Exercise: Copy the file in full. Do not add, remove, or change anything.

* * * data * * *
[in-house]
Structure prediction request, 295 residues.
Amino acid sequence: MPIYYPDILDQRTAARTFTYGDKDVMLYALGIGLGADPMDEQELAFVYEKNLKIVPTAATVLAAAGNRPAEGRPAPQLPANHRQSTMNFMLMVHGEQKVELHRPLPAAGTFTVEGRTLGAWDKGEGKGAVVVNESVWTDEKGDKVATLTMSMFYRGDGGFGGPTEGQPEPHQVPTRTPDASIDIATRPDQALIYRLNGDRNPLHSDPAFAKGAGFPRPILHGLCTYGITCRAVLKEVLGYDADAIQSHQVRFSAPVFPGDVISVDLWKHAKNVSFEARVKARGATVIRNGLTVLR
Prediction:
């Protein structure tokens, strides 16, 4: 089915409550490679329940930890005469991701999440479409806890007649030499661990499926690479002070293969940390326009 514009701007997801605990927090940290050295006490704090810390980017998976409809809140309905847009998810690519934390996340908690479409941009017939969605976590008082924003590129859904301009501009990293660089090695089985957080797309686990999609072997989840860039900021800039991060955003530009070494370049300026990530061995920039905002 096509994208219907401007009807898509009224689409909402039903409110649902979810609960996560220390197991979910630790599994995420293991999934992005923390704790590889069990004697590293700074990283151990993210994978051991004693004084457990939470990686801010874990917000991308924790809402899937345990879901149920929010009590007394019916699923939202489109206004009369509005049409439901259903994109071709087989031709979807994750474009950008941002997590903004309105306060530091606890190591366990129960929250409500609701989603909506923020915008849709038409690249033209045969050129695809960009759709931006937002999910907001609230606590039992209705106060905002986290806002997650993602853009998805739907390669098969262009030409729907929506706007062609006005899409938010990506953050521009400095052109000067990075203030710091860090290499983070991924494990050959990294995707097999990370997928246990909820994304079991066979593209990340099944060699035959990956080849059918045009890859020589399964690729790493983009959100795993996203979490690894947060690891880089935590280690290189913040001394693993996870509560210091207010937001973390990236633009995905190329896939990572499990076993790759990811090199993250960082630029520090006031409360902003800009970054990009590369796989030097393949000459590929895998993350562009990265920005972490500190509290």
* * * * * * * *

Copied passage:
[in-house]
Structure prediction request, 295 residues.
Amino acid sequence: MPIYYPDILDQRTAARTFTYGDKDVMLYALGIGLGADPMDEQELAFVYEKNLKIVPTAATVLAAAGNRPAEGRPAPQLPANHRQSTMNFMLMVHGEQKVELHRPLPAAGTFTVEGRTLGAWDKGEGKGAVVVNESVWTDEKGDKVATLTMSMFYRGDGGFGGPTEGQPEPHQVPTRTPDASIDIATRPDQALIYRLNGDRNPLHSDPAFAKGAGFPRPILHGLCTYGITCRAVLKEVLGYDADAIQSHQVRFSAPVFPGDVISVDLWKHAKNVSFEARVKARGATVIRNGLTVLR
Prediction:
């Protein structure tokens, strides 16, 4: 089915409550490679329940930890005469991701999440479409806890007649030499661990499926690479002070293969940390326009 514009701007997801605990927090940290050295006490704090810390980017998976409809809140309905847009998810690519934390996340908690479409941009017939969605976590008082924003590129859904301009501009990293660089090695089985957080797309686990999609072997989840860039900021800039991060955003530009070494370049300026990530061995920039905002 096509994208219907401007009807898509009224689409909402039903409110649902979810609960996560220390197991979910630790599994995420293991999934992005923390704790590889069990004697590293700074990283151990993210994978051991004693004084457990939470990686801010874990917000991308924790809402899937345990879901149920929010009590007394019916699923939202489109206004009369509005049409439901259903994109071709087989031709979807994750474009950008941002997590903004309105306060530091606890190591366990129960929250409500609701989603909506923020915008849709038409690249033209045969050129695809960009759709931006937002999910907001609230606590039992209705106060905002986290806002997650993602853009998805739907390669098969262009030409729907929506706007062609006005899409938010990506953050521009400095052109000067990075203030710091860090290499983070991924494990050959990294995707097999990370997928246990909820994304079991066979593209990340099944060699035959990956080849059918045009890859020589399964690729790493983009959100795993996203979490690894947060690891880089935590280690290189913040001394693993996870509560210091207010937001973390990236633009995905190329896939990572499990076993790759990811090199993250960082630029520090006031409360902003800009970054990009590369796989030097393949000459590929895998993350562009990265920005972490500190509290």